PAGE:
I won’t go into the recent disconnect between "the Gold Price" and "the Price of Gold” again, as I’ve written and spoken about it extensively in recent months; but the insatiable demand for physical gold amidst a dramatic sell-off in paper has, I suspect, paved the way for some real problems in the coming weeks and months; and those problems have begun to manifest themselves, bizarrely enough, in the very country that in recent months has topped the buying charts for physical gold.
In the all-important Q2/2013, the two biggest buyers of gold in the world were two of the countries at the Eastern extremities of the old Silk Roads — China and India — and it is through journeying to India that we can now learn lessons about the future from the study of the past.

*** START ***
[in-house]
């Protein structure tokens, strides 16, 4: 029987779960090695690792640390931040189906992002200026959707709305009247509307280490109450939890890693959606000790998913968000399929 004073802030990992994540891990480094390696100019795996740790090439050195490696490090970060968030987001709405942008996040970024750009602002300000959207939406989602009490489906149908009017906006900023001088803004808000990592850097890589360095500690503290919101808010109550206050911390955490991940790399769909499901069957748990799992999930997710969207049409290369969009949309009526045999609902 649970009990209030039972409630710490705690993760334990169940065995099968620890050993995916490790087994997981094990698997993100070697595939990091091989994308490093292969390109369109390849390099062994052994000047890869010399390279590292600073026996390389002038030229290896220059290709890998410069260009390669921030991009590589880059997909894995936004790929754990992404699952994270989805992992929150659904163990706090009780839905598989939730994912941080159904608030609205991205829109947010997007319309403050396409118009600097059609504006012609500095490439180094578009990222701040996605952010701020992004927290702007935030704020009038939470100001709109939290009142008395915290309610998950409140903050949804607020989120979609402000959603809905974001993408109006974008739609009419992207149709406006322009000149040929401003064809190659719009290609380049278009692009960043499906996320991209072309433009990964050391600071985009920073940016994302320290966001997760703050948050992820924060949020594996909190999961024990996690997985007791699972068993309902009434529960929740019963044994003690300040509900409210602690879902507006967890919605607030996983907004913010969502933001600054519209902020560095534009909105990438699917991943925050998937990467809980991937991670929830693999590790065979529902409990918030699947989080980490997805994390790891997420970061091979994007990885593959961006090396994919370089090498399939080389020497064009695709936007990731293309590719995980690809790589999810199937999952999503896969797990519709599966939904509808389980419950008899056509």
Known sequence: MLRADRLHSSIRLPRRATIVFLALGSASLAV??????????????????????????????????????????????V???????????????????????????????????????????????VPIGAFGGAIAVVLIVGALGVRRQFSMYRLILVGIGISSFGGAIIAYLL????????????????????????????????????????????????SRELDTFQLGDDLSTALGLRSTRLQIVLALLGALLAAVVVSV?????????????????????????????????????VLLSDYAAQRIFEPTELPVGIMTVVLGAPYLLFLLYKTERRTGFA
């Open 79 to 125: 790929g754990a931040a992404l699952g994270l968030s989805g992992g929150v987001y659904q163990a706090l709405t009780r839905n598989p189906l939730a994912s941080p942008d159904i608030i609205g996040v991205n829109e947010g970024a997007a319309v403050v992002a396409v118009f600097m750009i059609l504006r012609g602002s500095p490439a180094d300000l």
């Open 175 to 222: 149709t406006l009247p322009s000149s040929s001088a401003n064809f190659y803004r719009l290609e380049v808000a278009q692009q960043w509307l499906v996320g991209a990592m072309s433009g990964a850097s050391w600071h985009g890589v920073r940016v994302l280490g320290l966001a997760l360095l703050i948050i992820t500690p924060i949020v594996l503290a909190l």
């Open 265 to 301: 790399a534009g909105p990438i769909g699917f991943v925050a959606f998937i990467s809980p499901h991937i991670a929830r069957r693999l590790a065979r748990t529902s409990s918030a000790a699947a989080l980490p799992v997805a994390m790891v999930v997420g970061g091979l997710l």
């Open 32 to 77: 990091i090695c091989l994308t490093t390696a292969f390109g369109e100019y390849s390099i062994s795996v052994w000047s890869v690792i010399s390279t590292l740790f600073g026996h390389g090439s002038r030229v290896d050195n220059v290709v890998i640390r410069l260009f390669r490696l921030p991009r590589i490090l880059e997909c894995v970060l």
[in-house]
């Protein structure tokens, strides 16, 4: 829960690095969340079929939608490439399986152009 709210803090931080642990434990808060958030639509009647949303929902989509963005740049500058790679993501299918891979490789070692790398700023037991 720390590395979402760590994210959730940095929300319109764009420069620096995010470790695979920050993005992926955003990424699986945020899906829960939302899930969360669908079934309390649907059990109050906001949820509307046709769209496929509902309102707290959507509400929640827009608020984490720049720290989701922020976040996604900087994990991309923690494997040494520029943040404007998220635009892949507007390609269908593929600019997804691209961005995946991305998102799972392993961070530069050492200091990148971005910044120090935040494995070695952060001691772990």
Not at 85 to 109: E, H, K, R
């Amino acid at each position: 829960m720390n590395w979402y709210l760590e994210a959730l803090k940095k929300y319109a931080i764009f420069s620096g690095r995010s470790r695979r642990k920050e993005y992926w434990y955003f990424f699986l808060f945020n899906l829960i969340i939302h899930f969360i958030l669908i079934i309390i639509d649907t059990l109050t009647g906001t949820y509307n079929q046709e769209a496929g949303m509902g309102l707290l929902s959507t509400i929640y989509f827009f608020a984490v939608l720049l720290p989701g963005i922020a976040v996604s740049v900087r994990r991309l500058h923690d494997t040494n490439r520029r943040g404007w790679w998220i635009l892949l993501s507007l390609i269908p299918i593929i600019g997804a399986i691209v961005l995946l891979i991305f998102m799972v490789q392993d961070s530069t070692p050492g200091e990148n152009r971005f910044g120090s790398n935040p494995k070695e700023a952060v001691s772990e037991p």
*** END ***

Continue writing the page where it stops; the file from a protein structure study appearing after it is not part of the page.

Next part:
Indian demand for physical gold swamped even Chinese demand in Q2 2013, as Indians stocked up on the monetary metal not only in the form of jewelry ahead of the traditional wedding season but also in investment form: coins and bars. All the while, their national currency, the rupee, was disintegrating before their eyes.
In the absence of monetary mettle, Indians demanded monetary metal.
Between May 1st and August 20th, the rupee fell 20% against the US dollar, and whilst that move may not have resonated with most Westerners, it certainly did with India’s richest man:
(UK Guardian): India’s richest man is down to his last $i7.5bn (£ii.2bn), after the plunging value of the rupee wiped out a quarter of his fortune, in dollar terms.
Mukesh Ambani, the chairman of Reliance Industries, which operates the world’s largest oil refineries, has lost $5.6bn of his personal wealth since 1 May, according to the Bloomberg Billionaires index.
His fortune took a further hit on Thursday, as India’s currency hit fresh lows, adding to the sense of panic in emerging markets. Developing economies, excluding China, have seen an outflow of$8ibn in emergency reserves since early May, as central banks try to prop up their currencies.